Which came first: the chicken or the egg? In some cases, that question can also be asked about addiction and social isolation. Even if one knows which one started first, the problem is, addiction and social isolation can feed each other and, thus, cause an endless, repetitive cycle. Don’t believe us? Read on to see how.
Using Drugs to Combat Loneliness
We all have ways to overcome or cope with loneliness. Some of us deal with it as best as we can. Others of us struggle greatly with it, especially those of us who are quite extroverted.
For many individuals dealing with addiction, drugs or alcohol might be their way of coping with feelings of loneliness. Any sadness, anger, or fear they may experience while lonely temporarily gets better or reduced when they’re on their choice of drug or drinking alcohol.
Social Exclusion Due to Addiction
Sometimes it looks like social isolation but is actually social exclusion. In many cases, those with an active addiction may be excluded by their own family and friends from parties, gatherings, events, or general meet-ups. Being around the person with the addiction may greatly emotionally hurt these people or even be deemed dangerous, thus the exclusion.
Isolating to Hide Drug Use
Those with an addiction may choose to isolate themselves from family, friends, or their significant other who they worry will learn about their addiction or find out that they’re still using. The last thing they’d want is to be judged or to lose the people in their life that mean the most to them.
They may also avoid going out in public for fear that their place of work may find out about their addiction and terminate them. There may also be a fear that someone may report them for being publicly intoxicated and, thus, result in them going to jail and/or losing custody of their children. So, to avoid all this, they keep their addiction from the world as much as possible.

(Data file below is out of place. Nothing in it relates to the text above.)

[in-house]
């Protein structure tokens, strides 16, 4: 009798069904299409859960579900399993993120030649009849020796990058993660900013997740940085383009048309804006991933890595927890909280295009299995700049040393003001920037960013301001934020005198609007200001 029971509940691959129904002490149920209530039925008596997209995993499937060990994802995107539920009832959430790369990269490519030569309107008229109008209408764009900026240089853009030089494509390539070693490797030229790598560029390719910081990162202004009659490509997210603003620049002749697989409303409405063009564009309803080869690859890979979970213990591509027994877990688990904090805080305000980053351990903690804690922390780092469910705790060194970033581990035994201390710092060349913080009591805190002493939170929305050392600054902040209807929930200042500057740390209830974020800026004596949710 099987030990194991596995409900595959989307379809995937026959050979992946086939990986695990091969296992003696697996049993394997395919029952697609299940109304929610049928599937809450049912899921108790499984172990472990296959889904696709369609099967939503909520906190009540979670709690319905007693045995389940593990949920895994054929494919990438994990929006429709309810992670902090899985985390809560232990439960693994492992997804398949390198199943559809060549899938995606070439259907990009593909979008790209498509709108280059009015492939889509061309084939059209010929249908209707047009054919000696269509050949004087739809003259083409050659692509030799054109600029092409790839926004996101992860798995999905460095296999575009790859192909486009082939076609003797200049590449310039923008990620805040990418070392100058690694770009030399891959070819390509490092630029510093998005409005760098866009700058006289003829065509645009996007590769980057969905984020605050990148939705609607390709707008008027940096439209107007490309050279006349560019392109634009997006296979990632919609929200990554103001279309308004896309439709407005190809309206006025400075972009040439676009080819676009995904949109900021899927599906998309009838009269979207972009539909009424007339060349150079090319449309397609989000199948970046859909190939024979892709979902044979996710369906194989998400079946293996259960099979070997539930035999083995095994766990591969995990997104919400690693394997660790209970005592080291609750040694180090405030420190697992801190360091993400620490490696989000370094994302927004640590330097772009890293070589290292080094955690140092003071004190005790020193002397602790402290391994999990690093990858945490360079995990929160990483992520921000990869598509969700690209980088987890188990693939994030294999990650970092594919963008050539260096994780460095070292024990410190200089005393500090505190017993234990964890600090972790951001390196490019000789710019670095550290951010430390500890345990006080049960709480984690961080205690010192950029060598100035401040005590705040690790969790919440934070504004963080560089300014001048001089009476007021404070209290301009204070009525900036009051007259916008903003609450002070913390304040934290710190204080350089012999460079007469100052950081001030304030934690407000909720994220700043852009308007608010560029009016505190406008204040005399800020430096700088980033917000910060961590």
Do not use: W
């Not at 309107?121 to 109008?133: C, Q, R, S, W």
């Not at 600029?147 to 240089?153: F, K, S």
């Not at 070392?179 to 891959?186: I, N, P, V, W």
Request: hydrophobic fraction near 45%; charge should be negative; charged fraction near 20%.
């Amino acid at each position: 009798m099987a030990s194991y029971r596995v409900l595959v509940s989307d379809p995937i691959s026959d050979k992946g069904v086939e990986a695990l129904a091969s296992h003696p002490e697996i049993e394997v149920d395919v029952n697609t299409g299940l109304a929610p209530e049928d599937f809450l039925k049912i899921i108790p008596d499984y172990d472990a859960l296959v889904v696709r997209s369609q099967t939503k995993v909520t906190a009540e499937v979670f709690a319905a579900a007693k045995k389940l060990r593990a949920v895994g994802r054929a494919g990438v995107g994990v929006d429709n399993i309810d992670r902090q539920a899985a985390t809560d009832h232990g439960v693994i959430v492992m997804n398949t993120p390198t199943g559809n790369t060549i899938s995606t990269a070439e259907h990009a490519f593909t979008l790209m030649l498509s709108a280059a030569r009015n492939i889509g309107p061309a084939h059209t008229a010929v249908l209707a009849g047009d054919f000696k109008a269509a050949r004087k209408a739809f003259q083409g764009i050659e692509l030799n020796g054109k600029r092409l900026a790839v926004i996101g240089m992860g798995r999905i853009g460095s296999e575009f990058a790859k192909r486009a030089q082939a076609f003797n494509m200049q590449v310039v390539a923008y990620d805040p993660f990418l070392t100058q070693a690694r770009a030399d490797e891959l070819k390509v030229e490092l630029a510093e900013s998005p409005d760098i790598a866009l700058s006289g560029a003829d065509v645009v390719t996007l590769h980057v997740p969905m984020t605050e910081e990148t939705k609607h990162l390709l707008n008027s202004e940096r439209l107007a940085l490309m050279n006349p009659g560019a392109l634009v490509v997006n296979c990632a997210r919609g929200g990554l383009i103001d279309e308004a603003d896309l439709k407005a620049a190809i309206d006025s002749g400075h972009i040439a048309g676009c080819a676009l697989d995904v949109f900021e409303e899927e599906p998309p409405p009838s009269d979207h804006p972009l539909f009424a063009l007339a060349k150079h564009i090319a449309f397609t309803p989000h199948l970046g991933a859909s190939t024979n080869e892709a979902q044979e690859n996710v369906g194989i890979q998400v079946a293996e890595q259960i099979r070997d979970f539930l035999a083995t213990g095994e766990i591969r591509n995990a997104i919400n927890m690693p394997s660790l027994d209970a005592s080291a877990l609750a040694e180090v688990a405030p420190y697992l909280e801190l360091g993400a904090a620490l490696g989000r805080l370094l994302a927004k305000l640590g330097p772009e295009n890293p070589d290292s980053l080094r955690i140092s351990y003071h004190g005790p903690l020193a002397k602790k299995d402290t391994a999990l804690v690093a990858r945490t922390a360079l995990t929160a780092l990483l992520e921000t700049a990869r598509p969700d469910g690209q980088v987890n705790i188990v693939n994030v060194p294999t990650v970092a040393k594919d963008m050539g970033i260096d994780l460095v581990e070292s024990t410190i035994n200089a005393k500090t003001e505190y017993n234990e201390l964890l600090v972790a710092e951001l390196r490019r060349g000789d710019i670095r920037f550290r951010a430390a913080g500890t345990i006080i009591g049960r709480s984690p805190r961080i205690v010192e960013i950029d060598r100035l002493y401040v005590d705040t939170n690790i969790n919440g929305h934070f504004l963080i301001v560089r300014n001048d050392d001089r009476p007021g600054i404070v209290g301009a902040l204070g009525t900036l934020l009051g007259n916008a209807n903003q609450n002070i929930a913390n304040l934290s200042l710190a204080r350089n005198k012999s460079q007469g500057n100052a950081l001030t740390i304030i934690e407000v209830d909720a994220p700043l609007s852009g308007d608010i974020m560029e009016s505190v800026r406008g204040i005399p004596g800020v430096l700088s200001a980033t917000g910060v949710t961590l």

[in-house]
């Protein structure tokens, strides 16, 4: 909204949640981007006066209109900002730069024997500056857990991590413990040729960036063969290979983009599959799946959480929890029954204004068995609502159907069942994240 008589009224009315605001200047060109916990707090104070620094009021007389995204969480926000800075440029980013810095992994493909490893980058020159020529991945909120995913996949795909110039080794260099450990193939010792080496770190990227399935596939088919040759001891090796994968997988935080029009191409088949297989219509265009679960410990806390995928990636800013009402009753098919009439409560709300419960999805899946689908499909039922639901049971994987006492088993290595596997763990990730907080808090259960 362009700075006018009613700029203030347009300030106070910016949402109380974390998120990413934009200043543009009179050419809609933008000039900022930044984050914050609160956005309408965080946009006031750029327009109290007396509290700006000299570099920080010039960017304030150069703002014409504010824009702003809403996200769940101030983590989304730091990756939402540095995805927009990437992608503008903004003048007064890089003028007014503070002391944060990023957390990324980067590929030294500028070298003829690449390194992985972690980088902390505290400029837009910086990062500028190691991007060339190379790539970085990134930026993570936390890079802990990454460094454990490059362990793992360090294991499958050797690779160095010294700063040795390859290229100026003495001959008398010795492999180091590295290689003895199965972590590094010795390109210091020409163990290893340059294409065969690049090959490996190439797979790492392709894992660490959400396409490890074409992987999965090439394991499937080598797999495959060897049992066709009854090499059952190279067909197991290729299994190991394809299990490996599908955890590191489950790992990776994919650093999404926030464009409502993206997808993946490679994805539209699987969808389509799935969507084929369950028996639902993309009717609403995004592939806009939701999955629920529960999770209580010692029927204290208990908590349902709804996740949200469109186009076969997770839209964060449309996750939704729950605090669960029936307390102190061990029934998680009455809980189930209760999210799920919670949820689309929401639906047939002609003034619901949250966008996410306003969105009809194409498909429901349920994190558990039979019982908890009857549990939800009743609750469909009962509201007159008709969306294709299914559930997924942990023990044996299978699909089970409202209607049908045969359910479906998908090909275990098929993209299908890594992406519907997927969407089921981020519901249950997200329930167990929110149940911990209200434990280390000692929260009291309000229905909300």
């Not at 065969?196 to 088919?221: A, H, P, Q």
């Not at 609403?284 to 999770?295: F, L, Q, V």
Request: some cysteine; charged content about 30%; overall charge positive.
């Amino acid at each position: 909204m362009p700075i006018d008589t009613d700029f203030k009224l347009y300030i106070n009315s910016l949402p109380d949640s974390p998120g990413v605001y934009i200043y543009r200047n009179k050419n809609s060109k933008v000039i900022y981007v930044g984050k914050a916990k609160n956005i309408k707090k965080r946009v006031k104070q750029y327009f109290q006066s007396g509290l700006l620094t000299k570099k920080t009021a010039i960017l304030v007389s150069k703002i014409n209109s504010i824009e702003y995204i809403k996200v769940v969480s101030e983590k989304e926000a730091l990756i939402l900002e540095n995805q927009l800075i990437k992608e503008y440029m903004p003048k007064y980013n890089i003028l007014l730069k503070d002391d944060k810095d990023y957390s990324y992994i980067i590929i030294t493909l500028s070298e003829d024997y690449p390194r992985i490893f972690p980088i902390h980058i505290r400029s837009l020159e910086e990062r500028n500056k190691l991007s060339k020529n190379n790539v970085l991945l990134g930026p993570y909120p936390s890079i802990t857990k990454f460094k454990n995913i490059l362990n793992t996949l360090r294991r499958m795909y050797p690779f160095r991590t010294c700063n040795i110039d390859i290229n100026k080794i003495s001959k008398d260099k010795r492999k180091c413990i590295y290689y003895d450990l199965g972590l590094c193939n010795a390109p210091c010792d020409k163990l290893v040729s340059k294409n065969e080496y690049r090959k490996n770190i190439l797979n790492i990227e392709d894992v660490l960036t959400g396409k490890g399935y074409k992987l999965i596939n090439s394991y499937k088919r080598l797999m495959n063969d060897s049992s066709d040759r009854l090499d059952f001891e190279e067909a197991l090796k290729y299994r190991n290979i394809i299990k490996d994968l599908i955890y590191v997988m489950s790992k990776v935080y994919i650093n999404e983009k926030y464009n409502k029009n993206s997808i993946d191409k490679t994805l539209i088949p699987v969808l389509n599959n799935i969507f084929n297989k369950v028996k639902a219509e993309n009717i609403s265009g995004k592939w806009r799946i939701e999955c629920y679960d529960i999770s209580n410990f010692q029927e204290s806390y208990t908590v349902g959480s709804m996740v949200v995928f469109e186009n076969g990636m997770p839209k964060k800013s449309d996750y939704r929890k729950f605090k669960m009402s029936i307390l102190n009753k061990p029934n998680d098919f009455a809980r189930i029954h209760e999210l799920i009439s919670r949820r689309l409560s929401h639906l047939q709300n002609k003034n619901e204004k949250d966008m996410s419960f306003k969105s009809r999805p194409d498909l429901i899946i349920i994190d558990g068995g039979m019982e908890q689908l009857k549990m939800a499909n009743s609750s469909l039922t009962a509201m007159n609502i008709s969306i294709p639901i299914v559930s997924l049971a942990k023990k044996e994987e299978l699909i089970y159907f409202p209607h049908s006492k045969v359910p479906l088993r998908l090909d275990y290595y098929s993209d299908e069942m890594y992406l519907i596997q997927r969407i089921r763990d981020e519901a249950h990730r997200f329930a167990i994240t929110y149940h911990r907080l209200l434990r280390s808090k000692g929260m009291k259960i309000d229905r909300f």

Issues Socializing Due to the Effects of Drugs
In more extreme cases of drug abuse, sometimes the substance(s) mess with the brain so much that communicating becomes harder. This is especially true when the sufferer is nearly always high or drunk.
The individual may lash out and yell, which can certainly make socialization difficult. Others might spew out incoherent things, lies or exaggerations, or slur when speaking. In turn, social isolation is often the better, and probably smarter, decision during these moments. However, healthy socialization is still critical for all humans.
Addiction is a complicated and life-altering situation. Anyone with addiction deserves help, whether it be fentanyl addiction treatment or outpatient treatment for alcoholism.
The relationship between addiction and social isolation can be messy. Some may choose isolation due to their addiction. Others choose drug use to deal with isolation. Then there are those who don’t choose isolation but receive it as a result of their addiction. In either scenario, it isn’t too late to receive help for drug or alcohol addiction.